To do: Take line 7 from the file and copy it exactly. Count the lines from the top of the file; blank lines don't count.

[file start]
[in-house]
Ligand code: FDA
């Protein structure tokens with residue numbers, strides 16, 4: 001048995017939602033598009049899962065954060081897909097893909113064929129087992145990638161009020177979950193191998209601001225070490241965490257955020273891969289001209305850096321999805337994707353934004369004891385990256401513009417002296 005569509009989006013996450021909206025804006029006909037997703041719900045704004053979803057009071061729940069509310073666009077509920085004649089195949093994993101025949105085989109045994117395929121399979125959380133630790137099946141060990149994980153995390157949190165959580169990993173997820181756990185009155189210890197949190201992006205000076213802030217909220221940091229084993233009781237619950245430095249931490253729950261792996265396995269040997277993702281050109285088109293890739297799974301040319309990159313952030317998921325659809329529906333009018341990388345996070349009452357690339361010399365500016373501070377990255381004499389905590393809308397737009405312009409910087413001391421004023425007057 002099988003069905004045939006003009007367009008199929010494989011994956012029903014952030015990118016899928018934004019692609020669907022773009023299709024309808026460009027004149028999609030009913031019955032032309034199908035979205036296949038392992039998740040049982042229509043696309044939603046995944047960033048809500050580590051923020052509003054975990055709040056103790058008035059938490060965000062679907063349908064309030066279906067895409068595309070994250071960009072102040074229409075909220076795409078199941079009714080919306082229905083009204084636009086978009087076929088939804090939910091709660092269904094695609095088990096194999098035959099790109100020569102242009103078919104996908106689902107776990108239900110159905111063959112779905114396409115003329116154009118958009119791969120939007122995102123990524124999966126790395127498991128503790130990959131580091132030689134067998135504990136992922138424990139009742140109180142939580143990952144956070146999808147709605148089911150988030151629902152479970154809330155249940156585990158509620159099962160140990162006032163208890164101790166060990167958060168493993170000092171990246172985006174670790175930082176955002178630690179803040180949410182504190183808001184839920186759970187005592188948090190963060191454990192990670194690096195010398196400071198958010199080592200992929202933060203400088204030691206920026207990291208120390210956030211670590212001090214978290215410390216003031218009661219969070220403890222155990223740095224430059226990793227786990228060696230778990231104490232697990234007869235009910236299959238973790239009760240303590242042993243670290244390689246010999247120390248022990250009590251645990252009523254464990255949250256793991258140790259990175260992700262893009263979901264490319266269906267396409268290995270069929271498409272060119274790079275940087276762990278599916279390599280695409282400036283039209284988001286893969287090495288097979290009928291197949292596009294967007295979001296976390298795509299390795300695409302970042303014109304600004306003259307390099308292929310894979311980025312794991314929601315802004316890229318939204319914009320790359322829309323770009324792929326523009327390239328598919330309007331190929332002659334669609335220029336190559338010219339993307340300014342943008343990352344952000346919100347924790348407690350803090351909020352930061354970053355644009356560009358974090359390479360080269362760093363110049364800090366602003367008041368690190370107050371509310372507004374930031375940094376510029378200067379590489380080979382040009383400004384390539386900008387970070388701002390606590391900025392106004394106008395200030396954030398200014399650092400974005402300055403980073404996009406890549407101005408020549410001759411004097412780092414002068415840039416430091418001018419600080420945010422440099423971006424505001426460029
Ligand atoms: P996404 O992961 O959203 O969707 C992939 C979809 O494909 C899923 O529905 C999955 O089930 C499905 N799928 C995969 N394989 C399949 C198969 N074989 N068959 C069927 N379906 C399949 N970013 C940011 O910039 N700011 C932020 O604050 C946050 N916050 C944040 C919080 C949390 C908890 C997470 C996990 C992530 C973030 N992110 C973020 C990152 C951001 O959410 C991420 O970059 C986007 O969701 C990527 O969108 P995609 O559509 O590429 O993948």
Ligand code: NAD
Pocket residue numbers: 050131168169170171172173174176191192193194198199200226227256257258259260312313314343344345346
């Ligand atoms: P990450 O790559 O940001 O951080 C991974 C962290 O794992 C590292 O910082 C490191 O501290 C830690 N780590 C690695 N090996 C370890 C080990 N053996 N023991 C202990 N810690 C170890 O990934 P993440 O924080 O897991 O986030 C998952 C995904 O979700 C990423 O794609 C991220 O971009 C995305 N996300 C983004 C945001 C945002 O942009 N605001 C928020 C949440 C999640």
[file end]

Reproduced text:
């Ligand atoms: P990450 O790559 O940001 O951080 C991974 C962290 O794992 C590292 O910082 C490191 O501290 C830690 N780590 C690695 N090996 C370890 C080990 N053996 N023991 C202990 N810690 C170890 O990934 P993440 O924080 O897991 O986030 C998952 C995904 O979700 C990423 O794609 C991220 O971009 C995305 N996300 C983004 C945001 C945002 O942009 N605001 C928020 C949440 C999640």